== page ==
Van Weyden’s ability to adapt to his surroundings and his circumstances made him something more than simply a self-proclaimed man of ideas.   His intellect crossed over from the world of thinking to the world of doing when “doing” was required to survive.  Perhaps this is bravery?

Posted in Short Stories

A favorite paragraph…

When a man journeys into a far country, he must be prepared to forget many of the things he has learned, and to acquire such customs as are inherent with existence in the new land; he must abandon the old ideals and the old gods, and oftentimes he must reverse the very codes by which his conduct has hitherto been shaped.  To those who have the protean faculty of adaptability, the novelty of such change may even be a source of pleasure; but to those who happen to be hardened to the ruts in which they were created, the pressure of the altered environment is unbearable, and they chafe in body and in spirit under the new restrictions which they do not understand.  This chafing is bound to act and react, producing divers evils and leading to various misfortunes.  It were better for the man who cannot fit himself to the new groove to return to his own country; if he delay too long, he will surely die.

This first paragraph of Jack London’s short story, “In A Far Country”, has become one of my favorites.  It wonderfully describes the story that follows.  Two men, Carter Weatherbee and Percy Cuthfert, take up with a company of men bound for the Yukon in search of gold.  While the other men either have had experience on this type of expedition or just plain have the adaptability London speaks of in this first paragraph, Weatherbee and Cuthfert have neither.

London dubs these two guys, the Incapables, and at a point where they feel they can no longer continue with the group, they arrogantly decide to stay put in a cabin along the way.  As their hatred for each other grows, so does the scurvy, frostbite, paranoia and the number of severed toes scattered on the cabin’s floor.  As with the other London stories, I’ve read, one doesn’t have to guess what is going to eventually happen.  Especially when the story starts out with such an incredible paragraph.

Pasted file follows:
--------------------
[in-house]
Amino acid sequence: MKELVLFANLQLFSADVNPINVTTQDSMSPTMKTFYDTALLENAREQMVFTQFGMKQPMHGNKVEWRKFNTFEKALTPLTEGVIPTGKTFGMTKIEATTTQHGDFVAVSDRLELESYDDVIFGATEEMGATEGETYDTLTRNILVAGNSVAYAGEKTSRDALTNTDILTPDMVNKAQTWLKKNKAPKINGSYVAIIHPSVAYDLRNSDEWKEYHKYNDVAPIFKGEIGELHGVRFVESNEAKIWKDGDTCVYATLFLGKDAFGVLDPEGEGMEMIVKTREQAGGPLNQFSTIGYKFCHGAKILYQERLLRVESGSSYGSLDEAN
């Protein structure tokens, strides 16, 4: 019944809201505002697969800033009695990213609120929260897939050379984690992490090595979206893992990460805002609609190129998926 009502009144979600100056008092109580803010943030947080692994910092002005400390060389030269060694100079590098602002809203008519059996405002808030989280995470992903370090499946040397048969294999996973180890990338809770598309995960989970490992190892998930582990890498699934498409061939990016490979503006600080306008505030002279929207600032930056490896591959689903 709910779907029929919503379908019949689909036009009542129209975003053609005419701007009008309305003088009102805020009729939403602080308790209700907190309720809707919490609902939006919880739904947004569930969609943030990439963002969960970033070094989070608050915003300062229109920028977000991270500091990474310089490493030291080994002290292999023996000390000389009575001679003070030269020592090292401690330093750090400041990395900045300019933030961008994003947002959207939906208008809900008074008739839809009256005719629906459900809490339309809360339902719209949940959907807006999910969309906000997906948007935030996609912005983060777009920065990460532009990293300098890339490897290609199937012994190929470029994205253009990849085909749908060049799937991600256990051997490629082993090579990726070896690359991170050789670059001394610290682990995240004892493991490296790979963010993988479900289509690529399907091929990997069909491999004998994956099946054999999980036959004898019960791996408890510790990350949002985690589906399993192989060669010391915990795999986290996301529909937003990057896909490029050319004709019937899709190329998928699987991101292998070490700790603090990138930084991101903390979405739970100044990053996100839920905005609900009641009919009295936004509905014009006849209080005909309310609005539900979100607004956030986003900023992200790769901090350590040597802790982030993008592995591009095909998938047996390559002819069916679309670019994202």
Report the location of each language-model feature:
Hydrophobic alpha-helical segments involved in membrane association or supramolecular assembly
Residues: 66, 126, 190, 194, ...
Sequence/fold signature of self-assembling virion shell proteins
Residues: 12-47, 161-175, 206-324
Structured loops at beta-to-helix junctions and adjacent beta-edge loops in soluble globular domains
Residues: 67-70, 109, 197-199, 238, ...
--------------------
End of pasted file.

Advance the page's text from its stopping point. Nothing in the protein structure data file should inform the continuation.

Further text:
I have also just finished reading The Sea Wolf.  I need to take some time in writing a post about Wolf Larsen.  He’s a character that takes some pondering – more so than many characters.  The novel, in some ways, turns this first “In A Far Country” paragraph, upside down.

Posted in Short Stories

“…with the storm passed away the ‘bricklayer’s’ soul…”

As I’m reading Jack London’s novel The Sea Wolf, I thought I’d take time out to read another one of his short stories.  This time, I chose “Story of a Typhoon Off the Coast of Japan”.  This was London’s first short story to be published.  It won a contest in 1893 sponsored by the San Fransisco Morning Call and then was published in that newspaper.

The story is about five pages and tells the tale of a schooner named Sophie Sutherland during a typhoon off the coast of Japan (as you might guess).   Even early in his career, London wrote beautiful narratives depicting nature in all it’s glory and terror.  I enjoyed the way he described each wave that threatened to pummel the ship as a “sea” unto itself.

No major human characters are present in the story with the exception of a sailor called the “bricklayer” who is dying of consumption.  His presence is briefly mentioned in the middle of the storm and then in the final line of the story, “…with the storm passed away the ‘bricklayer’s’ soul.”

I’m thoroughly enjoying The Sea Wolf and find Wolf Larsen to be one of the more fascinating characters I’ve run across in some time.  I’m looking forward to posting about him soon.

Not being an avid sailor, a few terms in the story were unfamiliar to me.  One of those being the “jib”.   A jib is a triangular staysail set ahead of the foremast of a sailing vessel. Its tack is fixed to the bowsprit, to the bow, or to the deck between the bowsprit and the foremost mast.  In the picture below, four jibs can be seen with a fifth one wrapped around the bowsprit (this is at the front of the ship).  This definition and picture are from Wikipedia.